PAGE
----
Tuesday, September 6, 2016

Dow Theory Update for September 6: Silver and Gold, and their ETF miners, under a secondary reaction

Trends unchanged for stocks

I am writing before the close.


The primary and secondary trend is bullish as explained here and here

Recent declines did not fulfill the “time” requirement for a secondary reaction. I don’t even bother to calculate the “extent” requirement.


The primary trend is bullish (Dow Theory signal of March 17th, 2016), as reported here and here.

The secondary trend turned bearish (secondary reaction against the primary bull market) on August 31, 2016. This day GLD violated its July 20th, 2016 closing low, and hence finally fulfilled the “time requirement”.

As to the extent requirement, even without performing volatility adjustments, I can see it has been amply met. Thus, on 7/8/2016 GLD made its closing high of 130.52, and on 8/31/2016, it made a closing low of 124.78. Hence, GLD has declined -12.63% which is much more, even accounting for GLD’s (normally) larger volatility than the SPY.

SLV declined for 16 trading days from its 8/2/2016 closing high of 19.6 to a closing low of 17.62 on 8/24/2016, that is -10.10%.

Furthermore, if we look at both ETFs from a “classical/Rhea” Dow Theory perspective, we see that they have retraced more than 1/3 of the previous bull market swing (that is the price advance made of the lows of the previously completed secondary reaction until the closing highs).

Depending on the way SLV and GLD close, it is likely that the rally that started on 8/24 (SLV) and 8/31 (GLD) will set up both precious metals for a primary bear market signal. As I always insist: A setup is not the actual signal.

Here you have an updated chart:

Orange rectangles display the seconary reaction against the primary bull market


The primary trend is bullish as explained here, and more recently here

GDX and SIL are under a secondary reaction.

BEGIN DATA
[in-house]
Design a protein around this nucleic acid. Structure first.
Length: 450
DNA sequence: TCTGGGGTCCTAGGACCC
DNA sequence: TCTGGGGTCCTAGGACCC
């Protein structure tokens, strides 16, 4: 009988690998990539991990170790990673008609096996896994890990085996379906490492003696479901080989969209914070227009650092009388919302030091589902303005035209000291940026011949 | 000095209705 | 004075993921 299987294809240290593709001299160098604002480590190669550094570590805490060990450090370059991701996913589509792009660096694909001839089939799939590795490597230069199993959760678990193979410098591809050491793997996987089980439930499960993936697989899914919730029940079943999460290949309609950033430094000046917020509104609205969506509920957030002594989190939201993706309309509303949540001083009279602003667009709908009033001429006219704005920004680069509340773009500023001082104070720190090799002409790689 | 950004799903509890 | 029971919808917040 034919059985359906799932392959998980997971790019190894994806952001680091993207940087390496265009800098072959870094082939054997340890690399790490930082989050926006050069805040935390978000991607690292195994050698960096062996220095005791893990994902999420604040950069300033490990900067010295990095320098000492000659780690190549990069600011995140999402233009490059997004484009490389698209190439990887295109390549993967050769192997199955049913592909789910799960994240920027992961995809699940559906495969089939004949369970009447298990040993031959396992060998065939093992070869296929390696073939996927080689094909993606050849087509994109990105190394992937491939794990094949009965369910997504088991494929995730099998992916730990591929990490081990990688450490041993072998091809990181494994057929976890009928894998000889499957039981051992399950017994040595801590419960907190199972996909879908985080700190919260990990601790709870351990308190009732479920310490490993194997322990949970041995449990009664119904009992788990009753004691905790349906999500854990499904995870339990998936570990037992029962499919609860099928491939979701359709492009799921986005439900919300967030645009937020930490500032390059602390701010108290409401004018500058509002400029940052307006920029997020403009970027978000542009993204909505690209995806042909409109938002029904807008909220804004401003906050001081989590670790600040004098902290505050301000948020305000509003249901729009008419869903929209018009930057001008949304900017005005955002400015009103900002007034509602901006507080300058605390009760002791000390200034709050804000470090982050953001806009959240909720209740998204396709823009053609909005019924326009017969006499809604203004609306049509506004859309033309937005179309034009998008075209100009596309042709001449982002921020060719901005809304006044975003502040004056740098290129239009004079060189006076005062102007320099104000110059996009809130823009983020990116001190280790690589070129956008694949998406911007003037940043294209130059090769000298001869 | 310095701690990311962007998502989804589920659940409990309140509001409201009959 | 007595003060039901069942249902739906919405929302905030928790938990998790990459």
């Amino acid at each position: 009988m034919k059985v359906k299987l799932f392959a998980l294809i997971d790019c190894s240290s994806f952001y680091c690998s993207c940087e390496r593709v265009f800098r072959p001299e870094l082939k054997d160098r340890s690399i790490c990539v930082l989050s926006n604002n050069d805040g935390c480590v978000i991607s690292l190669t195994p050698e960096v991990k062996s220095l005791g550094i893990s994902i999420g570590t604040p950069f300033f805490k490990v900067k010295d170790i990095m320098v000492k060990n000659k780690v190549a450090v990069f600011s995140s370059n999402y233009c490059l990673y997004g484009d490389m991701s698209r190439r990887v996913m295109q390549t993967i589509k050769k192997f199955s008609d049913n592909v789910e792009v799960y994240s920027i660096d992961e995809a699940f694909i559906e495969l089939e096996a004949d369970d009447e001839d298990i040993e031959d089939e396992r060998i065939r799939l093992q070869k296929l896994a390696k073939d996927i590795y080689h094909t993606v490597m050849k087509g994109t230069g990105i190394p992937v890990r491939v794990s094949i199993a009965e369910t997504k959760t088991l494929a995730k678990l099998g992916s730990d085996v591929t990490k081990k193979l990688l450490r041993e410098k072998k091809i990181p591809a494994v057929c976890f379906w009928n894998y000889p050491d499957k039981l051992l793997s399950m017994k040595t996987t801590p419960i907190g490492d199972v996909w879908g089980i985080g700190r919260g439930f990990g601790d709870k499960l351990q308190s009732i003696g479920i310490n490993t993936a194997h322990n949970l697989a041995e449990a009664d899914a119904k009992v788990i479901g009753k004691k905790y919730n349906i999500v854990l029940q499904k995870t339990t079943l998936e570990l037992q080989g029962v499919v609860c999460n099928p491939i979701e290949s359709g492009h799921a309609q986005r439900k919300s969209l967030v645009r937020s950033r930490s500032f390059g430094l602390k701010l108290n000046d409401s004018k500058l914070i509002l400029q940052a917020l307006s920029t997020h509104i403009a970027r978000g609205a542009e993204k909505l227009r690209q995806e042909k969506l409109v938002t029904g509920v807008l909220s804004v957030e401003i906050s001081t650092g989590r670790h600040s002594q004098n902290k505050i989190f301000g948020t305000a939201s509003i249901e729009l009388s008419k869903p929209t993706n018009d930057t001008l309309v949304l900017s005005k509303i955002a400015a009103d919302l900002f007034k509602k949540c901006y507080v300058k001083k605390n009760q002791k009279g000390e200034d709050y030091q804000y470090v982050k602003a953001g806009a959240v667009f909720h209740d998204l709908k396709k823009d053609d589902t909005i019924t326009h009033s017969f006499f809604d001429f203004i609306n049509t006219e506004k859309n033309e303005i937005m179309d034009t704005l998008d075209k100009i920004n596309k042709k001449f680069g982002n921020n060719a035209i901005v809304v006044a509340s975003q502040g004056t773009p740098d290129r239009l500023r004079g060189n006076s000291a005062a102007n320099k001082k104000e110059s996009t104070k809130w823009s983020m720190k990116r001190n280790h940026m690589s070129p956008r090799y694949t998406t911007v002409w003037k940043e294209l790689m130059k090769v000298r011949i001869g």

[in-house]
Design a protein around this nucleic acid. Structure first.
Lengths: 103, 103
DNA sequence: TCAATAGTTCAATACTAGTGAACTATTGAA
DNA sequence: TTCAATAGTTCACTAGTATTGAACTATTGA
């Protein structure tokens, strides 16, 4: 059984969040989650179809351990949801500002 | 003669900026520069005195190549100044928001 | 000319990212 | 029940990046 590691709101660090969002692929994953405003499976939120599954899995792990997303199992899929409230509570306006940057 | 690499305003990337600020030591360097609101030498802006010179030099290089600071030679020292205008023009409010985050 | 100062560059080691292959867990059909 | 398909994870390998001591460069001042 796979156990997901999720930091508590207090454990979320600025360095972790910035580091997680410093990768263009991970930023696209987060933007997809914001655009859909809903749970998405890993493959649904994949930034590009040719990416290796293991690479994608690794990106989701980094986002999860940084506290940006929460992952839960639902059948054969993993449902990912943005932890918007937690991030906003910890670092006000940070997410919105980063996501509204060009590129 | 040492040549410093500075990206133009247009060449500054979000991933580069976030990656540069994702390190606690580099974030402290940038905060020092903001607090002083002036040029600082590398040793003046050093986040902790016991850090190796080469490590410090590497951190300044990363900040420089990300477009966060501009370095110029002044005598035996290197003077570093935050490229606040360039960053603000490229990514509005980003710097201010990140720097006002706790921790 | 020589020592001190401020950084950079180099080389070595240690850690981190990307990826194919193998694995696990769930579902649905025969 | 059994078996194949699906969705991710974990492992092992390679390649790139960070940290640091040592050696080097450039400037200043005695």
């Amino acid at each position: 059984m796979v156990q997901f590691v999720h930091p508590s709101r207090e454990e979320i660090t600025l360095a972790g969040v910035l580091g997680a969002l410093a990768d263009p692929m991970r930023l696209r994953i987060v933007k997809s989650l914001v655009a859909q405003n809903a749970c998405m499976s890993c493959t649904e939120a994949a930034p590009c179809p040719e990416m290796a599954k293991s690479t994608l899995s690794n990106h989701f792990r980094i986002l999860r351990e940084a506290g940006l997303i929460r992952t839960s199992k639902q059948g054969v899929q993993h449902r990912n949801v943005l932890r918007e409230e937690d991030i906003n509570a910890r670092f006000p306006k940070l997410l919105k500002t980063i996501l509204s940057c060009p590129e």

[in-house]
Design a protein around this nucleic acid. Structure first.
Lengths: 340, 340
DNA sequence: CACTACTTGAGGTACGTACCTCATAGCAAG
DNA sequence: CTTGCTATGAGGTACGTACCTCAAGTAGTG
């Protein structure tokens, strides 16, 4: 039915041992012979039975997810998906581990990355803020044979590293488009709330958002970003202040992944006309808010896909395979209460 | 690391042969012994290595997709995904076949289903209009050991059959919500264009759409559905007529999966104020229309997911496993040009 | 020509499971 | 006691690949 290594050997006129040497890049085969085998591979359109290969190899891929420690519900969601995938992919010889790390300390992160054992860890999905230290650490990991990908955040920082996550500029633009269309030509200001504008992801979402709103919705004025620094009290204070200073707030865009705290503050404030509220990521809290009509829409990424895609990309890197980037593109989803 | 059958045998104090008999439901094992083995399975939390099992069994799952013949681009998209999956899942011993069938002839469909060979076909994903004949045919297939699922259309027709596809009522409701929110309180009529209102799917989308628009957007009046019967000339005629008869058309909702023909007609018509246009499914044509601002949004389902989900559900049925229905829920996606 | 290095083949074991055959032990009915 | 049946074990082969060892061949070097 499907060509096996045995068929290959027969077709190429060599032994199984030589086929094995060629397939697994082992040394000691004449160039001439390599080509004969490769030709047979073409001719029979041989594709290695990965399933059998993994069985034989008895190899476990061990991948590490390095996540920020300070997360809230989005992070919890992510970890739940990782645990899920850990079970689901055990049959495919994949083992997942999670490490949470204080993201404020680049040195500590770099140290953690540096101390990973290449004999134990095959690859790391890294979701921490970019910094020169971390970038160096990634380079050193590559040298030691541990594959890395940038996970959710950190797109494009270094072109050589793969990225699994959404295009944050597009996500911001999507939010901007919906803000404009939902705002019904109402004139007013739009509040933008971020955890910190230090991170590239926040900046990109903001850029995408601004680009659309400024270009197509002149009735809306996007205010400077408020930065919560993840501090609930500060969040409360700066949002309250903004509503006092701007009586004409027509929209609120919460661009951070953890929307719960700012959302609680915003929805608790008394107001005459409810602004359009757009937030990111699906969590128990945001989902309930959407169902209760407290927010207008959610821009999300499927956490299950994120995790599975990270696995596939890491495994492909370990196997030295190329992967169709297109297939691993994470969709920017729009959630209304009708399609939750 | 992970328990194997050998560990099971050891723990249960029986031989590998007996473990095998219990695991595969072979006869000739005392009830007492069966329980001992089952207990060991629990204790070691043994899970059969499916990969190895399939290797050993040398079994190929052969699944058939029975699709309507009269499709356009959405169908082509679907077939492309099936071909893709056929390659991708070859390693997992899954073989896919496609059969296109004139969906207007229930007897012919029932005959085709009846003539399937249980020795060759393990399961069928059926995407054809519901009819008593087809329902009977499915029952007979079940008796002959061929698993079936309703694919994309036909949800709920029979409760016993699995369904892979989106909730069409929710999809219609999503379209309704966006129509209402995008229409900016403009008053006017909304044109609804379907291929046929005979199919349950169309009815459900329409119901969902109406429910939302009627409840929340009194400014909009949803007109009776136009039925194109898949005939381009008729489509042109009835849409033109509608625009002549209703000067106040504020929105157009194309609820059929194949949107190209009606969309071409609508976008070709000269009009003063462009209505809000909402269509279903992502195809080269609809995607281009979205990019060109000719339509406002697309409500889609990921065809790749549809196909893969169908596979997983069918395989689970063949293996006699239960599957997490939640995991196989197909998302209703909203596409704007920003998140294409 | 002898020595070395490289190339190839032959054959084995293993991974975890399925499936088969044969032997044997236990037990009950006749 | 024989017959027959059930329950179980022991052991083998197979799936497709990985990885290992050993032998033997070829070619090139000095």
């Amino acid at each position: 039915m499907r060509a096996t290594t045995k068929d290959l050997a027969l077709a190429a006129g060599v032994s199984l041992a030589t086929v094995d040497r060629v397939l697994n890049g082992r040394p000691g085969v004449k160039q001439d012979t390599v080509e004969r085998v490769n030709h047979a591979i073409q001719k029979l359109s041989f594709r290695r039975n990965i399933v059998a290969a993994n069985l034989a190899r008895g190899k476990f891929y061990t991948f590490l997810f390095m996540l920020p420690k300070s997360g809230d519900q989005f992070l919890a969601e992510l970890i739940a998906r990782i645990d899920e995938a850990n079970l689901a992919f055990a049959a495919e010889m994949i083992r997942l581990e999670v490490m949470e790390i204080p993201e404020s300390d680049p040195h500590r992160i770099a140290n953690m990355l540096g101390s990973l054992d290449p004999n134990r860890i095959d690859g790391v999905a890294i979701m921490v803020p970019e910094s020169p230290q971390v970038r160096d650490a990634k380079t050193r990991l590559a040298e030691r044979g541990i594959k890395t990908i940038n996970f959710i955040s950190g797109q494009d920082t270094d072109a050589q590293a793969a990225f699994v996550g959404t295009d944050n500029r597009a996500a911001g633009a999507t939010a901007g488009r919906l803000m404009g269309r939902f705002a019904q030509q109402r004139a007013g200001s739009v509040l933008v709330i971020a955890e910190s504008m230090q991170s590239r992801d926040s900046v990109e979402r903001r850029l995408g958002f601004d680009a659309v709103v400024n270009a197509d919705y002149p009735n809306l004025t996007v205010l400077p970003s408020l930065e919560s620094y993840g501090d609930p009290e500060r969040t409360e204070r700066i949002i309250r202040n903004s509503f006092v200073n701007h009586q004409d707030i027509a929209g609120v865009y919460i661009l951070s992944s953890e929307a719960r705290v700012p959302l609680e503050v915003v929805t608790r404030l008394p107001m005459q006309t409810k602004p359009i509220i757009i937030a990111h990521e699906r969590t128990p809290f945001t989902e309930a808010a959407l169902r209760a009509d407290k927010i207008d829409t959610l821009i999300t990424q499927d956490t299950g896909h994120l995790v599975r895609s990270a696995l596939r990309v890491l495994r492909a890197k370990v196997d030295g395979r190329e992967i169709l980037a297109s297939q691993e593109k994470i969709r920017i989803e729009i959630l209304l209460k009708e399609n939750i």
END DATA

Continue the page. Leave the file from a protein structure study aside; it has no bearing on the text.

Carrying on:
As to the time requirement, SIL has declined for 11 trading days. GDX has declined for 21 trading days. If I applied the “Rhea/Classical” strictly, the time requirement for a secondary reaction has not been met (no three full weeks for both indices). However, if I apply Schannep’s rules for determining a secondary reaction to SIL and GDX, we can see that both ETFs have rallied by more than 2 calendar weeks (well, SIL exactly two calendar weeks), and the average number of declining days amounts to more than 8 trading days.  

GDX has declined by -18.61% and SIL has declined -19.54%. I don’t need to perform volatility adjustments, as we are talking of big declines. Furthermore, even under a classical Dow Theory standpoint, we are very near confirmed retracements of ca. 1/3 of the previous bull market swing.

Thus, I feel that we can consider the existence of a secondary reaction.

Now we have to monitor the ongoing rally that started three trading days ago. Depending on how it closes today, it has all the looks of a primary bear market setup.

Here you have an updated chart.

Blue rectangles on the right side of the chart displays the current seconary reaction

The Dow Theorist

1 comment:

  1. I've found a typo: GLD declined from its closing high of 130.52 to its closing low of 124.78 just -4.40%. SLV's calculations are correct. The volatility-adjusted minimum threshold for GLD stood at the most recent closing lows at 5.16%. volatility-adjusted minimum threshold for SLV stood at the most recent closing lows at 10.75%. Thus, for both ETFs the current daily volatility reading is by a hair below their respective minimum volatility thresholds. On the other hand, from a "classical" Dow Theory perspective, the decline has retraced 1/3 of the previous advance, and the time requirement has been met, even under classical Dow Theory standards. My judgment call is to consider the existence of a secondary reaction, in spitel of the relatively modest decline underwent by gold.